In "The Galileo Seven", Spock's logical style of command is put to the test when the expedition he leads is forced to crash land on an inhospitable planet. Meanwhile the Enterprise has only a limited time to search for them before they must abandon them for a greater duty. This isn't a bad story, but it feels like they were trying to force a conflict between logical and emotional choices that just didn't have to be there. Even in the end, when Spock makes the supposedly emotional decision to burn up their shuttlecraft's fuel as a flare, it doesn't seem a particularly illogical choice--either the Enterprise was nearby, and might see it, or it had already left, and conserving fuel would do no good. Whatever my disagreement with the story's interpretation, though, it's still good to see Spock in a command situation, and to see him interacting with McCoy.
In "Is There in Truth No Beauty?", the Enterprise plays host to an alien ambassador so ugly that the sight of him will drive a man mad. I liked this story because it's focused on the characters. There are unique dynamics between Miranda and each of Spock, Kirk, and Marvick, and we get a good look at Kirk and Spock's friendship, too.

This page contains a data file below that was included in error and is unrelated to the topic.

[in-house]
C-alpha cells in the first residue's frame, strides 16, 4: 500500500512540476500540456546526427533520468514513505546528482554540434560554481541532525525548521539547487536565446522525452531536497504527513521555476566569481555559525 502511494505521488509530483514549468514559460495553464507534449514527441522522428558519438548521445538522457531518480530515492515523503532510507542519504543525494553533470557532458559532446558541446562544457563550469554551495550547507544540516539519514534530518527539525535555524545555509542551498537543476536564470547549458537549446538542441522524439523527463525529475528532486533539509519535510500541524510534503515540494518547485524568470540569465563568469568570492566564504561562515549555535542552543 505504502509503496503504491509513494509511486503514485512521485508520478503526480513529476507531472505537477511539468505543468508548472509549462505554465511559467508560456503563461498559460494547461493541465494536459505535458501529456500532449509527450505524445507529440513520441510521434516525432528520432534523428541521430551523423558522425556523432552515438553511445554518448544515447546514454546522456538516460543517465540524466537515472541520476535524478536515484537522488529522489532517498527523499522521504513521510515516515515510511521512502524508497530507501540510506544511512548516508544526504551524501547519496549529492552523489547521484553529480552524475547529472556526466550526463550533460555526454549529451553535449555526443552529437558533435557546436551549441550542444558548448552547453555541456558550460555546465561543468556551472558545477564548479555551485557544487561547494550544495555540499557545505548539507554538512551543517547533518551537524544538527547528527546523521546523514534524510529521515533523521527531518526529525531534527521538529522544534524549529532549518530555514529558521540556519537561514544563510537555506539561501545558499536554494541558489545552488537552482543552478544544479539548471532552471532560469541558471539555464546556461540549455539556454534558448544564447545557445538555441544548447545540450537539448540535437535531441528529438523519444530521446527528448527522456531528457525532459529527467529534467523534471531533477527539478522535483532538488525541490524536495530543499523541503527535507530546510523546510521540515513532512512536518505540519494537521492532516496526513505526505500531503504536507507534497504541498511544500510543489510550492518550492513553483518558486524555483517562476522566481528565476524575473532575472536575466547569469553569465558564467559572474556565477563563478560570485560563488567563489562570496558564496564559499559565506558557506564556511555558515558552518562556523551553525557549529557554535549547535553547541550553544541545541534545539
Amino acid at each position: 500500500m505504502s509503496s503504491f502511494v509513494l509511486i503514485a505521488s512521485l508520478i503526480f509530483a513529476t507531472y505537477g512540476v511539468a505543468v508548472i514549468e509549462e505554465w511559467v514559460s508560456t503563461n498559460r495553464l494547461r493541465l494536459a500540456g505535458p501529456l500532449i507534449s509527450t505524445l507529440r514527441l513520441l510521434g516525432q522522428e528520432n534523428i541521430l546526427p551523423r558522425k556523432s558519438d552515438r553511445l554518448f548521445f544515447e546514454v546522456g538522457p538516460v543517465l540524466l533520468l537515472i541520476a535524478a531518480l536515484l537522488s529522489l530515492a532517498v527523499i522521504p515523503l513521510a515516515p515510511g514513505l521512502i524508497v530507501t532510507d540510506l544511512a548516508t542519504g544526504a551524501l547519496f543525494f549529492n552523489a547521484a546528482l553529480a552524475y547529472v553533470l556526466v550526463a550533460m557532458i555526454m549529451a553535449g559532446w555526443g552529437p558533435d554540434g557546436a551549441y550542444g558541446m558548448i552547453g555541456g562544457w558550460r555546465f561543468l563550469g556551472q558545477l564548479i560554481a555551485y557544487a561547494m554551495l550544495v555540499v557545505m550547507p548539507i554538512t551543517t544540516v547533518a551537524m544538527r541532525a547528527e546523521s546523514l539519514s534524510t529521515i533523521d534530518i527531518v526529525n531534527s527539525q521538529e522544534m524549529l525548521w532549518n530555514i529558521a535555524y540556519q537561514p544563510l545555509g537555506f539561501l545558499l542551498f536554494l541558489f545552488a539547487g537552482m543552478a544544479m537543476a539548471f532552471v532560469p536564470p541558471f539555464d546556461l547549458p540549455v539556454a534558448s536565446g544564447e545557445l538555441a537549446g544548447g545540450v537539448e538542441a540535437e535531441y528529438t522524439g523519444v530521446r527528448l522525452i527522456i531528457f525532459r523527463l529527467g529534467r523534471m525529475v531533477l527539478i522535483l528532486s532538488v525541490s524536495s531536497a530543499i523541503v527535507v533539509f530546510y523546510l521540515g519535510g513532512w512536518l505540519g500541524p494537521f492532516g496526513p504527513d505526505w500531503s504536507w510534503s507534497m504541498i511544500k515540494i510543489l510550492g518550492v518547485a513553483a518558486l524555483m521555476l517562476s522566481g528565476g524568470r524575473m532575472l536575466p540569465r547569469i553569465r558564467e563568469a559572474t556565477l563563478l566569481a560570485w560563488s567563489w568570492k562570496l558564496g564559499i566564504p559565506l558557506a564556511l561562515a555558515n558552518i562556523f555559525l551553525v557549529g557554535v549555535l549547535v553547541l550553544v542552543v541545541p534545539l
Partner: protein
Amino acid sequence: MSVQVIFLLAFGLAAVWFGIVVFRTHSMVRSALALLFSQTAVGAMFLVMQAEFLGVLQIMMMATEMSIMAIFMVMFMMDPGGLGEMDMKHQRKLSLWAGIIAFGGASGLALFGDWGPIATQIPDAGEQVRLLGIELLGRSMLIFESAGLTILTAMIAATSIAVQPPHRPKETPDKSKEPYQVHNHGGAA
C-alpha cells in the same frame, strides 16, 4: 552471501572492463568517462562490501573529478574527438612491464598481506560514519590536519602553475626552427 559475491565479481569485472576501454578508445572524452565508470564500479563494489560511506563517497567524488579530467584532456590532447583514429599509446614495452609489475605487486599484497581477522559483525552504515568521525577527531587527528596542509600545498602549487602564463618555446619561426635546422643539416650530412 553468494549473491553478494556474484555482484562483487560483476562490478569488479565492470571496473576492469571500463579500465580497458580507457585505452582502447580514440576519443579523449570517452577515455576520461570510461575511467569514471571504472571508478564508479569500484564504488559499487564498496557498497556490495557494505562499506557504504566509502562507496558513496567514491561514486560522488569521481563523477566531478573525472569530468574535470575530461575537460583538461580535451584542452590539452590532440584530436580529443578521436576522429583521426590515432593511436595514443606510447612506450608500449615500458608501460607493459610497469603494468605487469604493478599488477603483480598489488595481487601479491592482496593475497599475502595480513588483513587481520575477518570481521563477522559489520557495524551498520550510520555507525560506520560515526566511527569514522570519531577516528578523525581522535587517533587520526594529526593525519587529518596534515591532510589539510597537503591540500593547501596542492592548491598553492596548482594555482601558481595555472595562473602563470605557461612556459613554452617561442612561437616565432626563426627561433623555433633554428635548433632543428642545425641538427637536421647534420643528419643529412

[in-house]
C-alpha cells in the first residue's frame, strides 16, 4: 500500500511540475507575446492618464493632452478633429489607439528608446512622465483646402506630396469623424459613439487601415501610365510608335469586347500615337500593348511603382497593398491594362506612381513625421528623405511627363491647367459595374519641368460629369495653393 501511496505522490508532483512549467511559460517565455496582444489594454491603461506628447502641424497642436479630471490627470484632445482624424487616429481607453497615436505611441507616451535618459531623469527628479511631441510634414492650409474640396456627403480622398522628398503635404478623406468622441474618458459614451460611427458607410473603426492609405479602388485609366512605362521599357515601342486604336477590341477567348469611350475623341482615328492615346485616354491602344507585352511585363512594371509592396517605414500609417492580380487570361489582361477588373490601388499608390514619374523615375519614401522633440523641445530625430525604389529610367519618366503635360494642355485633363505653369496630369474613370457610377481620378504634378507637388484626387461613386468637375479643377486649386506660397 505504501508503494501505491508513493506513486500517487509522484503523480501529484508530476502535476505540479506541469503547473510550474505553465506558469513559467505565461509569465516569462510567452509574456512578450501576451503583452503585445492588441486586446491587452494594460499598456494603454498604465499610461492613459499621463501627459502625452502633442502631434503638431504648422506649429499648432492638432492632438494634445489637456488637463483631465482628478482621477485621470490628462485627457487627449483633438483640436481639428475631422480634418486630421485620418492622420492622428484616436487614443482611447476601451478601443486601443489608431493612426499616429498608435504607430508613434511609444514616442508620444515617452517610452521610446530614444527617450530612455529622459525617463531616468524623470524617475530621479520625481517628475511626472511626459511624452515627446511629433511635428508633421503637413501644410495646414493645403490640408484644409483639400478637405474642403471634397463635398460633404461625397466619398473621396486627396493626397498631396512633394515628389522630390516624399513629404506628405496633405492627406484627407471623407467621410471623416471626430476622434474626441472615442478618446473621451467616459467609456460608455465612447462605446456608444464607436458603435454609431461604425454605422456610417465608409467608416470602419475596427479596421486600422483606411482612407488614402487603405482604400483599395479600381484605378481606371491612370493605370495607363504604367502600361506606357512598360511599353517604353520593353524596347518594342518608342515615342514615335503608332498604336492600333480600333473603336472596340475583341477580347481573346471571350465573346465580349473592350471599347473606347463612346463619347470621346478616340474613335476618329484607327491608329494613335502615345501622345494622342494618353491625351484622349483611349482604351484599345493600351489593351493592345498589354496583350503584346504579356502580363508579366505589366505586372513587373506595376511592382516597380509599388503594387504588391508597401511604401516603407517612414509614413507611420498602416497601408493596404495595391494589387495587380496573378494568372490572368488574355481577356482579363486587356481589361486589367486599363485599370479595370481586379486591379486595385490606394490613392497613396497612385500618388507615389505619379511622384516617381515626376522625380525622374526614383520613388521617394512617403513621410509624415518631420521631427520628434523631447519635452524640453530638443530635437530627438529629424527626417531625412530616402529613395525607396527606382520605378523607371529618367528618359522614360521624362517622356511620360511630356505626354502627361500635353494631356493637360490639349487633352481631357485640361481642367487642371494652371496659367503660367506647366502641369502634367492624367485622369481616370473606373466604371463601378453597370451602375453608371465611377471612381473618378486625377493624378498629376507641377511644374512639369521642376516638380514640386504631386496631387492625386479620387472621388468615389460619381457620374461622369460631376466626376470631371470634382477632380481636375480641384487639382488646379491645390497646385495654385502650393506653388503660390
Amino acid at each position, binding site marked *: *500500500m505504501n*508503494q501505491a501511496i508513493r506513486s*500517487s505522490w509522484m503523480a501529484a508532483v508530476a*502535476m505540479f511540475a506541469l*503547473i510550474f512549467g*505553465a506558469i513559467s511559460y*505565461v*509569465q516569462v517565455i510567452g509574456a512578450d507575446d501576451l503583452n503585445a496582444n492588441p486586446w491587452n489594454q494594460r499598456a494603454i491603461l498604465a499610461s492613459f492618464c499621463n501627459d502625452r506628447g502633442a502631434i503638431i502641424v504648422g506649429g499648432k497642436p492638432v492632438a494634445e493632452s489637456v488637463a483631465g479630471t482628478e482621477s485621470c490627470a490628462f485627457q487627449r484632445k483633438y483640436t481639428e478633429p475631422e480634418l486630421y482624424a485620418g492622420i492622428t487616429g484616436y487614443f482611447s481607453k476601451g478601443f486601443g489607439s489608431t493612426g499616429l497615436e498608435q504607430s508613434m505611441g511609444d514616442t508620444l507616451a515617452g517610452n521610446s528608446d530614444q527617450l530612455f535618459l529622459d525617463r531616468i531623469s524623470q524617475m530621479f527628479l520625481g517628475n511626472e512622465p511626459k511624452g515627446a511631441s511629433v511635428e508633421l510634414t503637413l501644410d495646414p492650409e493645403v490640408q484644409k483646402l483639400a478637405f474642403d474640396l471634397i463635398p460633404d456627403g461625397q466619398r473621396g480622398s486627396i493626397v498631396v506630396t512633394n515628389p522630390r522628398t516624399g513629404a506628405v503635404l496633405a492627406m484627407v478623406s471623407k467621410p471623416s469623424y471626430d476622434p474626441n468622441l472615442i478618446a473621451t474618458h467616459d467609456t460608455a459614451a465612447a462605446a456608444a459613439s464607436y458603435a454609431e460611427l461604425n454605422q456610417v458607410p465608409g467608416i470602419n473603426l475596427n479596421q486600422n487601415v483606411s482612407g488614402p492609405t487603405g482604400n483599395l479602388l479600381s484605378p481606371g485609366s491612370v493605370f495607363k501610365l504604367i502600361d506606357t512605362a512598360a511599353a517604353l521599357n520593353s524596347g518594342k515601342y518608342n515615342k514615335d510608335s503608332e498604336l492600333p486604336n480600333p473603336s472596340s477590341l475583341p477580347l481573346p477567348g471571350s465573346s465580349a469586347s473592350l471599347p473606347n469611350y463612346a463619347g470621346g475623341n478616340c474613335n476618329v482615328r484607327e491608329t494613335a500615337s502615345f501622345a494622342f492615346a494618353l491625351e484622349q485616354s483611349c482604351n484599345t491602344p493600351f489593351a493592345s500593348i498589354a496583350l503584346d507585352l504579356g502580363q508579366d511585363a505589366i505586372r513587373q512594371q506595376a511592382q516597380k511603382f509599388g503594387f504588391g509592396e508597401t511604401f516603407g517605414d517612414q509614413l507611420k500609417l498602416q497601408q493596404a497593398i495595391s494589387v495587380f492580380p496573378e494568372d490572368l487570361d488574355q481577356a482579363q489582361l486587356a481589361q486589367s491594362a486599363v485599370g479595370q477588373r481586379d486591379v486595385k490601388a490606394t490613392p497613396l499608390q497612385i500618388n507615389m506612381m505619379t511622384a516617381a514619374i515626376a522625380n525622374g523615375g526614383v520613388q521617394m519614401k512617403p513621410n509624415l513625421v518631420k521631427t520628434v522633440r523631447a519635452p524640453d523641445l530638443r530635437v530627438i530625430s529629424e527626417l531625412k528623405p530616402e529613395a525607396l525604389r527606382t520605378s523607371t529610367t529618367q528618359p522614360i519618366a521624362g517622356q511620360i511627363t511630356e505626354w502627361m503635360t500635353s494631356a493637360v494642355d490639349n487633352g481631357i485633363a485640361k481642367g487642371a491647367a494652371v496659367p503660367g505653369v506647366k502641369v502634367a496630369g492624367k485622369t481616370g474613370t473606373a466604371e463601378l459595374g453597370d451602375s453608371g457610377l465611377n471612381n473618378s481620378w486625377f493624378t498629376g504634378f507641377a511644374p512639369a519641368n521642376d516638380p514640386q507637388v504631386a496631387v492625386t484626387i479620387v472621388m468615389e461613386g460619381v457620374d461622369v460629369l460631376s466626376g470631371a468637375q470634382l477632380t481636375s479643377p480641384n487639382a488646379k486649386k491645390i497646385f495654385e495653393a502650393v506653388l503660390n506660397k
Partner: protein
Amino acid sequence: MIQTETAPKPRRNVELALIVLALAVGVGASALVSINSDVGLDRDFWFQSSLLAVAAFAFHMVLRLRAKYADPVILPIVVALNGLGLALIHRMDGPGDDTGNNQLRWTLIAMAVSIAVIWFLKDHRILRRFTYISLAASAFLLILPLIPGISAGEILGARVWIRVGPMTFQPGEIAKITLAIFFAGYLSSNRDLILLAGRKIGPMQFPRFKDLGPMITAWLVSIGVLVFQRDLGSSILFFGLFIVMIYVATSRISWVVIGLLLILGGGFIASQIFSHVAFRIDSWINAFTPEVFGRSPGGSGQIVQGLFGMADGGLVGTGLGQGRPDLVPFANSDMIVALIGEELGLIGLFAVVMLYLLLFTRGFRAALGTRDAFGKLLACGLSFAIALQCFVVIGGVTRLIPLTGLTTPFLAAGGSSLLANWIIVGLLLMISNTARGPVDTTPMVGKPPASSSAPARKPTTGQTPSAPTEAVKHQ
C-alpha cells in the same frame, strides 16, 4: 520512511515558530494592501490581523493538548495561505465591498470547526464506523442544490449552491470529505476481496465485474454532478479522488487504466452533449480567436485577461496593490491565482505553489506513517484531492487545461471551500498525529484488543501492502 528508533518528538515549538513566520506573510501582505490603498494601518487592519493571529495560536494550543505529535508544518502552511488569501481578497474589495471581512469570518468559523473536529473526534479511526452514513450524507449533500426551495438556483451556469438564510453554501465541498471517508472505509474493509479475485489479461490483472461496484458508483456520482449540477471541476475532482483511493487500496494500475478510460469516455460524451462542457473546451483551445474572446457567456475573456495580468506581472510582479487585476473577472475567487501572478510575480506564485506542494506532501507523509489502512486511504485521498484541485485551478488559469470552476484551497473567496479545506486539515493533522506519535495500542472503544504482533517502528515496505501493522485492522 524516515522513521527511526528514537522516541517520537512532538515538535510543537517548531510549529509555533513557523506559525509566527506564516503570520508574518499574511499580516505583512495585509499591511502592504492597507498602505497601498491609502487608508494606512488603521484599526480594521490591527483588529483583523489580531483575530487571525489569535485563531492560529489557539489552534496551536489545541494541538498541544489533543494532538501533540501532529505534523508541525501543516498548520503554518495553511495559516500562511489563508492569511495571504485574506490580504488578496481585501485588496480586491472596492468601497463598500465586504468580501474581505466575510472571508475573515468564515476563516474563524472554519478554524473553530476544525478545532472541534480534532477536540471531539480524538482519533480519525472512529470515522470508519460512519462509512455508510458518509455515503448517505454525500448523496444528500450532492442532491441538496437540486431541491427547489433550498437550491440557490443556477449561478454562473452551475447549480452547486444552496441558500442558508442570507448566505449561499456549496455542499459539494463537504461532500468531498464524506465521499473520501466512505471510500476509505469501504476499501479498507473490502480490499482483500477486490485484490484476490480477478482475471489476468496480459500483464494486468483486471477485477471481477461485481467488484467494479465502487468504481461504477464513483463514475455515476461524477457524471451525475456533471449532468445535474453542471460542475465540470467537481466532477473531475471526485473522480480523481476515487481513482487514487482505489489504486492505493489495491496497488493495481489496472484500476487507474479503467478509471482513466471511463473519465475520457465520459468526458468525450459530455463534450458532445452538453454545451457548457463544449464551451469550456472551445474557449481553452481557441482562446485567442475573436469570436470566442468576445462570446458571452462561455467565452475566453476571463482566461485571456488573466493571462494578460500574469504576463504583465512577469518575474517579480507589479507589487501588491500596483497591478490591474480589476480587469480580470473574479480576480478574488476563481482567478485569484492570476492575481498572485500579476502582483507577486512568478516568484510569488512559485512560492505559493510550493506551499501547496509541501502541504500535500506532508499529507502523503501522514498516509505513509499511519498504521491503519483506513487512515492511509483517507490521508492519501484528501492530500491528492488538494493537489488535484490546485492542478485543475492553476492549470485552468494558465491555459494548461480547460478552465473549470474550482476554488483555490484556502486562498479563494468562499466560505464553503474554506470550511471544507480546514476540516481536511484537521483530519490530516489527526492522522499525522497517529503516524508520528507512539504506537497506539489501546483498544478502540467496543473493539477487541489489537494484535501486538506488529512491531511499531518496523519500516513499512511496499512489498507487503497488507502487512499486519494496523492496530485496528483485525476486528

"A Private Little War" is a metaphor (explicitly stated, even) for the Vietnam War. The Klingons have given one faction on a previously idyllic planet weapons with which to subjugate another faction (coincidentally favored by Kirk). Kirk ultimately determines to arm 'his' side equally to the other, maintaining a careful balance of power, to prevent either side from being totally destroyed. Is his decision correct? I wonder. It's a great story.
"The Omega Glory", frankly, is just embarrassing. It's all very rah-rah about the superiority of the United States, as depicted by a society with a truly unbelievable degree of parallel evolution with Earth, in which the communists took over the world. Don't worry, though, because the Good Guys win in the end, and Kirk recites the Pledge of Allegiance and the Preamble to the Constitution. Because America!
Star Trek 10 features several quite good stories. It's surely one of the best volumes in this series. Maybe I was just in a good mood, but even the writing seemed better in this book. Do check it out, fans of classic Trek....more
If 1972 had a torrent of James Blish's adaptations (four!), 1973 had a drought. In August 1973 was published that year's sole entry in the series, S If 1972 had a torrent of James Blish's adaptations (four!), 1973 had a drought. In August 1973 was published that year's sole entry in the series, Star Trek 9. This volume adapts "Return to Tomorrow", "The Ultimate Computer", "That Which Survives", "Obsession", "The Return of the Archons", and "The Immunity Syndrome".